Staff Scientist, Silent Spring Institute
The history of flame retardants stretches back at least as far as 450 B.C. when, as noted by Herodotus, the Egyptians soaked wood in alum. But it wasn’t until World War II, and the subsequent flush of highly flammable petroleum-based products into the market, that the flame retardants so popular today came into widespread use. The addition of these chemicals to our couches, TVs, and computers has soared in recent decades in response to flammability standards developed in the 1970s. Of course, we all want to protect ourselves and our families from fires. But the very regulations intended to protect us have unintentionally exposed us to chemicals that may be doing more harm than good.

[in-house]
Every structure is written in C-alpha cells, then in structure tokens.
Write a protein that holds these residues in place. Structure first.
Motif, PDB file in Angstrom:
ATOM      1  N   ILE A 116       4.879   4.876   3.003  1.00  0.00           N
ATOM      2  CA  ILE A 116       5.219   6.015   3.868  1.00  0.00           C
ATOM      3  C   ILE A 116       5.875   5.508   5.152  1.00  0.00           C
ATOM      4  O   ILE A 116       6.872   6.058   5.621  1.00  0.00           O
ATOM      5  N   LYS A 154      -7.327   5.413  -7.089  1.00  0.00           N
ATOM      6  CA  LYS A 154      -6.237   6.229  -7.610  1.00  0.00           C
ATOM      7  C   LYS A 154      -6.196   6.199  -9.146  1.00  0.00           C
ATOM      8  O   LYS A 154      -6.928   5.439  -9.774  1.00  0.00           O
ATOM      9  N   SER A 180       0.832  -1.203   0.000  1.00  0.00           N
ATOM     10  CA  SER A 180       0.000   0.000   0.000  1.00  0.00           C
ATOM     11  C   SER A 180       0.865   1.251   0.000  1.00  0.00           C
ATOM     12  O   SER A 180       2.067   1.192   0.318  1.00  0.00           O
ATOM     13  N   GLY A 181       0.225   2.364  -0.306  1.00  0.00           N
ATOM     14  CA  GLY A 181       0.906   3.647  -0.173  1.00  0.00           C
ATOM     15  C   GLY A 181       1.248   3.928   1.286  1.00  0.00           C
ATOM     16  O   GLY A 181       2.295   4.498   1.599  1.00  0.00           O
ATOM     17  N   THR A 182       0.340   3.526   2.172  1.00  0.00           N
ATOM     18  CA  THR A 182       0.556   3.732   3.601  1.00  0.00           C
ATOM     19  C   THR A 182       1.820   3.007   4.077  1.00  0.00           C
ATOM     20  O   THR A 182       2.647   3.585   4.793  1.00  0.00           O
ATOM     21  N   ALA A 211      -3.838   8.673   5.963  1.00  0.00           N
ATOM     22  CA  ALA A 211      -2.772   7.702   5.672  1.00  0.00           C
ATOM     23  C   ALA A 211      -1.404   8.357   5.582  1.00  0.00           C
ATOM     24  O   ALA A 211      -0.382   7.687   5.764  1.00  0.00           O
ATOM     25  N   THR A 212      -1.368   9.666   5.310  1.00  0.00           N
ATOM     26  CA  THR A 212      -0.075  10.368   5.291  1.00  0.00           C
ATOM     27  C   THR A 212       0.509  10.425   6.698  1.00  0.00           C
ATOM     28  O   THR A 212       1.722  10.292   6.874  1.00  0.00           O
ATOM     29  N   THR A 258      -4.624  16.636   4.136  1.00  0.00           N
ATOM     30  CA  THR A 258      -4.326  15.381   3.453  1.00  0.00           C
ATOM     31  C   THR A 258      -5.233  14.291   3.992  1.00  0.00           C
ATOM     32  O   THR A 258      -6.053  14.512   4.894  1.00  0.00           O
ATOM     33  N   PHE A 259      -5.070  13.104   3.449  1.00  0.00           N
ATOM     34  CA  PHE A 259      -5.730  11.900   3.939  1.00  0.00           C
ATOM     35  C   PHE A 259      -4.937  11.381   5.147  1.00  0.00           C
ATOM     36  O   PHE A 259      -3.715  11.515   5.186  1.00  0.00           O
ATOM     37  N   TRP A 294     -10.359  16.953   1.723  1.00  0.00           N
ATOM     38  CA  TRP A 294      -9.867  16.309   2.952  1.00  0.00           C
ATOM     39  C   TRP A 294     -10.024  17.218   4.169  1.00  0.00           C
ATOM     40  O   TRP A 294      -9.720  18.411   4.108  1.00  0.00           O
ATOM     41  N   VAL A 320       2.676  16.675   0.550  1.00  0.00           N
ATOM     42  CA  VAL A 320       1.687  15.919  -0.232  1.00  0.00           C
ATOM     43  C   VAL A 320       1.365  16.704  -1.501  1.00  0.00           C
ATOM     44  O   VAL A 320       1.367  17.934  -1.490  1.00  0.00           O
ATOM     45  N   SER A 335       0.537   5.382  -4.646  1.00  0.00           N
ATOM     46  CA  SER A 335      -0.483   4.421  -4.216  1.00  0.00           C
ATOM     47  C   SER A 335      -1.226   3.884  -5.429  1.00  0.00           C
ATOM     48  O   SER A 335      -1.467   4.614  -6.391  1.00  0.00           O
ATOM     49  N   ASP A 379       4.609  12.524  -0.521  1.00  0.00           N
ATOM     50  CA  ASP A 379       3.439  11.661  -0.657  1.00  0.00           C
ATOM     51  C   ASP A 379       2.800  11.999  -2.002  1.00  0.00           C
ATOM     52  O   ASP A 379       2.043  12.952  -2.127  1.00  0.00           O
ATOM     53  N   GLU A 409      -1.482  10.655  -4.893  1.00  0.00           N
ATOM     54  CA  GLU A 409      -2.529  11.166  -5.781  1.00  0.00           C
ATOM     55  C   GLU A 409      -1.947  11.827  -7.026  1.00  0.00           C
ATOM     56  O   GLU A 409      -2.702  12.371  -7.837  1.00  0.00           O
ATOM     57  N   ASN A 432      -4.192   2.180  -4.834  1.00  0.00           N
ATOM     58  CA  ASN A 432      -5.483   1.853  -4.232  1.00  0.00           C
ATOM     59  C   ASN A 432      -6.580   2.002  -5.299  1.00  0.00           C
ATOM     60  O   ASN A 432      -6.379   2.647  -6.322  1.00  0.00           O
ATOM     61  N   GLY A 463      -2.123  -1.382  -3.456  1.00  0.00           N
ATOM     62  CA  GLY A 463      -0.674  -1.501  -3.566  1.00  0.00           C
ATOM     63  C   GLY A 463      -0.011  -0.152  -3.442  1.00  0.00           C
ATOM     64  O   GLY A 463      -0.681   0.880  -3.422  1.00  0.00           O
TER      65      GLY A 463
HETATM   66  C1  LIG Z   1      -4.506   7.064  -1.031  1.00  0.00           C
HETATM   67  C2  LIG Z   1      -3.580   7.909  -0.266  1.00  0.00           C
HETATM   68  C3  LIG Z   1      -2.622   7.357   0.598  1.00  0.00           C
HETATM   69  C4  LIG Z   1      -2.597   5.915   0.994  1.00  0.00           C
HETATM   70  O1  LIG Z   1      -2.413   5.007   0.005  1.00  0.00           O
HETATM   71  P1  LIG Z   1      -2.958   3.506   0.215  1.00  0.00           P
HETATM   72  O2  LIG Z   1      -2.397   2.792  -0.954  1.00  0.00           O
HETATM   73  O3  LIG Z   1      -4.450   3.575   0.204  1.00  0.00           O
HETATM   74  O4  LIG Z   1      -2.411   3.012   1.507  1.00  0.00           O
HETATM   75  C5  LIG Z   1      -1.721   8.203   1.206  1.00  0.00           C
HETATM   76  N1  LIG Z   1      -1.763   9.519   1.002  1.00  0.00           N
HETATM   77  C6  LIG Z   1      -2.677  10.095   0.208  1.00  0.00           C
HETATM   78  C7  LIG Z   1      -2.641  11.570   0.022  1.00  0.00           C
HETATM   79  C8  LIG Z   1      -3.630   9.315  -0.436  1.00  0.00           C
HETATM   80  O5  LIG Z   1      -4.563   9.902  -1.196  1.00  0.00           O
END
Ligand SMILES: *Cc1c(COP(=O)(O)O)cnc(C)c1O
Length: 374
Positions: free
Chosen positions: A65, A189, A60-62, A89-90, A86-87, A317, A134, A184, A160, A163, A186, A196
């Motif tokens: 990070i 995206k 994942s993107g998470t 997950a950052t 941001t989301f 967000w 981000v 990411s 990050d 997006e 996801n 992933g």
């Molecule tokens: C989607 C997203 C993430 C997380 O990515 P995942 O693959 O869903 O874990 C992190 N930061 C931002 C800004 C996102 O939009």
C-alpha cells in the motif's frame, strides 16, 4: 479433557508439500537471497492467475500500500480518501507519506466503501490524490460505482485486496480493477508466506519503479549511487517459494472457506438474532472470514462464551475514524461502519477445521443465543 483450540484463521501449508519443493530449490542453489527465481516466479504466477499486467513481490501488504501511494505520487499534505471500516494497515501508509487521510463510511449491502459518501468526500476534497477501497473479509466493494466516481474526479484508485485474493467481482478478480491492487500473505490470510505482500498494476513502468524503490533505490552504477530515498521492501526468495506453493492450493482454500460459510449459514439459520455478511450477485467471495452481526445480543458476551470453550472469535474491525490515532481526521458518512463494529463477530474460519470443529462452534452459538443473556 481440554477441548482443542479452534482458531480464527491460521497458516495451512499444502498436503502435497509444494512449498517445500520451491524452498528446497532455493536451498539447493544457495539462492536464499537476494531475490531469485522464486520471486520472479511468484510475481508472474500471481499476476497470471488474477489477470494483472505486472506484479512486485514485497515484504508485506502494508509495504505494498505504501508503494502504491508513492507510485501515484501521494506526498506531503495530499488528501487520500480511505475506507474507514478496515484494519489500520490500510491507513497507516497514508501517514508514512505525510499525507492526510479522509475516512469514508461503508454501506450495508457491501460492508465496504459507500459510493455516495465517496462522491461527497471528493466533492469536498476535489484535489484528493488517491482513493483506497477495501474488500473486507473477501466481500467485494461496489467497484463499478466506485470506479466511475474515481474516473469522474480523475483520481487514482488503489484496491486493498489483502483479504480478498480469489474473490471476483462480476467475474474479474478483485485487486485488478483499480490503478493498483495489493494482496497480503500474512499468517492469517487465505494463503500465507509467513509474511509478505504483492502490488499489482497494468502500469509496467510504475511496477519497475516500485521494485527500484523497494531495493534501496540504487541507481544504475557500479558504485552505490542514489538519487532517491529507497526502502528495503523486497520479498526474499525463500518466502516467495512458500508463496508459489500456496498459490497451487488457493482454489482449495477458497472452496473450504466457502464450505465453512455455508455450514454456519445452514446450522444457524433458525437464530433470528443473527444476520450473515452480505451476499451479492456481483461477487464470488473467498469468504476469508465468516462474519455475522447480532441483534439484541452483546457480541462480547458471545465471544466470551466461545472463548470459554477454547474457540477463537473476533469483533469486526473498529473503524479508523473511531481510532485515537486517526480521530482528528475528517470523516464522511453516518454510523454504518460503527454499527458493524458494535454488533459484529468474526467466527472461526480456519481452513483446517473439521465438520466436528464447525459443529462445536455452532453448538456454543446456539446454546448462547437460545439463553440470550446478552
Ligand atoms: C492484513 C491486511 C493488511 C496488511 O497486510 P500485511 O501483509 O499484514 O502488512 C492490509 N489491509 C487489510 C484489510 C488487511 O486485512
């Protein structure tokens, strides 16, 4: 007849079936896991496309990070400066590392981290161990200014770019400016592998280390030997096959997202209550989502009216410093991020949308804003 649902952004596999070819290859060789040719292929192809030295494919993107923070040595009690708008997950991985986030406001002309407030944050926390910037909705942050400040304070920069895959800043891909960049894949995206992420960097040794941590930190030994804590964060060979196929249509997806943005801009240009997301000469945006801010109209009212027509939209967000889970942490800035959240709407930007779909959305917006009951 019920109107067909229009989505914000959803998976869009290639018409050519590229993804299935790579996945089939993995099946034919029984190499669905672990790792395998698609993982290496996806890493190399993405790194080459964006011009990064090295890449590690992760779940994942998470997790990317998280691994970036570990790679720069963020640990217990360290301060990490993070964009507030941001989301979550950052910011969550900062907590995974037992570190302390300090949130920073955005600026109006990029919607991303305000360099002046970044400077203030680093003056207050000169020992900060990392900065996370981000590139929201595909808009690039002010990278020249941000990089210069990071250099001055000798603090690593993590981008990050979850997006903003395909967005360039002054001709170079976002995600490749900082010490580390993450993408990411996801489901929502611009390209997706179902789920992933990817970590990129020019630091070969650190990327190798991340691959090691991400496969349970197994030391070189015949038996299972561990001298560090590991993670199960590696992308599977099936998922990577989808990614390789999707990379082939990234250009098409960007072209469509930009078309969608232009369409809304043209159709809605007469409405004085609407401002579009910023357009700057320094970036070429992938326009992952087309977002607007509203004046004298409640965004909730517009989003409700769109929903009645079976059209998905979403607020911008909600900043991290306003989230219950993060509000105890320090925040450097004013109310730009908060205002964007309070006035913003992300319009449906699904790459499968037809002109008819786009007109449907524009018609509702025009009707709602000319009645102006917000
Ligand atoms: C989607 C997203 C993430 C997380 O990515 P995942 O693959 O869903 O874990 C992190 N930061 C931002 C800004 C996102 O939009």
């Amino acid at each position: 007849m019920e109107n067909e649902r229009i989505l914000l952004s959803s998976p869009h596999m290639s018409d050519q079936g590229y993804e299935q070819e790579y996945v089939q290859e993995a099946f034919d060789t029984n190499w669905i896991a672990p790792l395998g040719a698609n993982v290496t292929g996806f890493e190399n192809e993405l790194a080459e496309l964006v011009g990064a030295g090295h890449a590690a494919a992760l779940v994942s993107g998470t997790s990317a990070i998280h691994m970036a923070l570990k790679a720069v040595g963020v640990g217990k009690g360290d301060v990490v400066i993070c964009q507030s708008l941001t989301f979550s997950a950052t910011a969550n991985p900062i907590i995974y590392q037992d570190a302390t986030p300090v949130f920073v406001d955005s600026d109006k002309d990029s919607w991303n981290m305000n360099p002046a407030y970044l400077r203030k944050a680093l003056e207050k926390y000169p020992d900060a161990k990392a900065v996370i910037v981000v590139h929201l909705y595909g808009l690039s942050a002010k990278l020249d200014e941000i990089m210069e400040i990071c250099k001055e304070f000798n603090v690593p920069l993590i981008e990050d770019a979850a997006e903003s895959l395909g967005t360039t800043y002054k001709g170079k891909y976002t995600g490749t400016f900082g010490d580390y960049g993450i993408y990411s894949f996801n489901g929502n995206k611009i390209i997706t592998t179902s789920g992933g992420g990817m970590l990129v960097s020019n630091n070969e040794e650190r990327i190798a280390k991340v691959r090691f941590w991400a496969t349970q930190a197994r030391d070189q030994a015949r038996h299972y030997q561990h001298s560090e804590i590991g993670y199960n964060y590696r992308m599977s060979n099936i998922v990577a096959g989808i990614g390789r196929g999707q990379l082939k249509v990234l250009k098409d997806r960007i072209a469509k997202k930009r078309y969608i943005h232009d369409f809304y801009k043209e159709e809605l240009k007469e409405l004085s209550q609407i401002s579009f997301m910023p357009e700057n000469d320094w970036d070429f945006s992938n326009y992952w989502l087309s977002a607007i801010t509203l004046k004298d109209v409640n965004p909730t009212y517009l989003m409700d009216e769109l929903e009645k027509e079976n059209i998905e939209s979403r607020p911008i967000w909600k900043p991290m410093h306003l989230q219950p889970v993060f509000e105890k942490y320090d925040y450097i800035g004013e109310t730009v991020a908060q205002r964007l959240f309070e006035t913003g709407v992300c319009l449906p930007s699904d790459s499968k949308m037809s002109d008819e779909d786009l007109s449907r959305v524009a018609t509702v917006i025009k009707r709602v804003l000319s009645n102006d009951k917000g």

Mounting research suggests that flame retardants may cause neurological and reproductive harm, thyroid disruption, and cancer. What is the latest evidence from animal and human studies? Are some people disproportionately exposed? Do less toxic alternatives exist? How can the emerging research inform chemicals policy reform? We explored these questions on a teleconference hosted by the CHE-Fertility Working Group and the Women’s Health and Environment Initiative (WHEI) on April 15.